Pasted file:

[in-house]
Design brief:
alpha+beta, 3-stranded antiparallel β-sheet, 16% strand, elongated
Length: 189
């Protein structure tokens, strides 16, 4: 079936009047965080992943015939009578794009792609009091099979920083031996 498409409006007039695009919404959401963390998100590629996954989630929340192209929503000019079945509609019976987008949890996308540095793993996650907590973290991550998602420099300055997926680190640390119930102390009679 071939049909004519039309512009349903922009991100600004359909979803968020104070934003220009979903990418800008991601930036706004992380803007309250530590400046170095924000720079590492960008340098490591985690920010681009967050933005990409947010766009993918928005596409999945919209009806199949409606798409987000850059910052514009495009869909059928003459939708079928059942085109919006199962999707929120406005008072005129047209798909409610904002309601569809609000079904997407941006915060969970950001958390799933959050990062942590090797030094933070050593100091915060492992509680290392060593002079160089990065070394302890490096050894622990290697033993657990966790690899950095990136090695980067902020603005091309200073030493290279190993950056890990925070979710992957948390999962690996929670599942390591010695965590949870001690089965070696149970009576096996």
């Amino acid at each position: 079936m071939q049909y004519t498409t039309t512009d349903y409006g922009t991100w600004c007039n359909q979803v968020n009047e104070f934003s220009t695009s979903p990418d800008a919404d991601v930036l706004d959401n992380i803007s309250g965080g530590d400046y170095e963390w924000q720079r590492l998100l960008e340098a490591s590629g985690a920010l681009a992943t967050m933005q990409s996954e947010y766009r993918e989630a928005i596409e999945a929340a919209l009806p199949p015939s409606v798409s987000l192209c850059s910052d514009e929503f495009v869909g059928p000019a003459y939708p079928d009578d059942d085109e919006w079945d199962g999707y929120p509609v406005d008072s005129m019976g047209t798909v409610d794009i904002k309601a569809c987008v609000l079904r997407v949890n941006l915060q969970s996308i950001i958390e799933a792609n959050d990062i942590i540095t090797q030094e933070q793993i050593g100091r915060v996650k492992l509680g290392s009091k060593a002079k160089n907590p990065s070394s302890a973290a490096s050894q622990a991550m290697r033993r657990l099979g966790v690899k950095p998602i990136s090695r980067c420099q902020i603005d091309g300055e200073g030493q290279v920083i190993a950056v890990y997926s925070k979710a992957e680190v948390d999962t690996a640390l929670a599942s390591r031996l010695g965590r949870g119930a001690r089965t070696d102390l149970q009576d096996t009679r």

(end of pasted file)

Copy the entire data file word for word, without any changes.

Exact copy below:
[in-house]
Design brief:
alpha+beta, 3-stranded antiparallel β-sheet, 16% strand, elongated
Length: 189
């Protein structure tokens, strides 16, 4: 079936009047965080992943015939009578794009792609009091099979920083031996 498409409006007039695009919404959401963390998100590629996954989630929340192209929503000019079945509609019976987008949890996308540095793993996650907590973290991550998602420099300055997926680190640390119930102390009679 071939049909004519039309512009349903922009991100600004359909979803968020104070934003220009979903990418800008991601930036706004992380803007309250530590400046170095924000720079590492960008340098490591985690920010681009967050933005990409947010766009993918928005596409999945919209009806199949409606798409987000850059910052514009495009869909059928003459939708079928059942085109919006199962999707929120406005008072005129047209798909409610904002309601569809609000079904997407941006915060969970950001958390799933959050990062942590090797030094933070050593100091915060492992509680290392060593002079160089990065070394302890490096050894622990290697033993657990966790690899950095990136090695980067902020603005091309200073030493290279190993950056890990925070979710992957948390999962690996929670599942390591010695965590949870001690089965070696149970009576096996």
């Amino acid at each position: 079936m071939q049909y004519t498409t039309t512009d349903y409006g922009t991100w600004c007039n359909q979803v968020n009047e104070f934003s220009t695009s979903p990418d800008a919404d991601v930036l706004d959401n992380i803007s309250g965080g530590d400046y170095e963390w924000q720079r590492l998100l960008e340098a490591s590629g985690a920010l681009a992943t967050m933005q990409s996954e947010y766009r993918e989630a928005i596409e999945a929340a919209l009806p199949p015939s409606v798409s987000l192209c850059s910052d514009e929503f495009v869909g059928p000019a003459y939708p079928d009578d059942d085109e919006w079945d199962g999707y929120p509609v406005d008072s005129m019976g047209t798909v409610d794009i904002k309601a569809c987008v609000l079904r997407v949890n941006l915060q969970s996308i950001i958390e799933a792609n959050d990062i942590i540095t090797q030094e933070q793993i050593g100091r915060v996650k492992l509680g290392s009091k060593a002079k160089n907590p990065s070394s302890a973290a490096s050894q622990a991550m290697r033993r657990l099979g966790v690899k950095p998602i990136s090695r980067c420099q902020i603005d091309g300055e200073g030493q290279v920083i190993a950056v890990y997926s925070k979710a992957e680190v948390d999962t690996a640390l929670a599942s390591r031996l010695g965590r949870g119930a001690r089965t070696d102390l149970q009576d096996t009679r």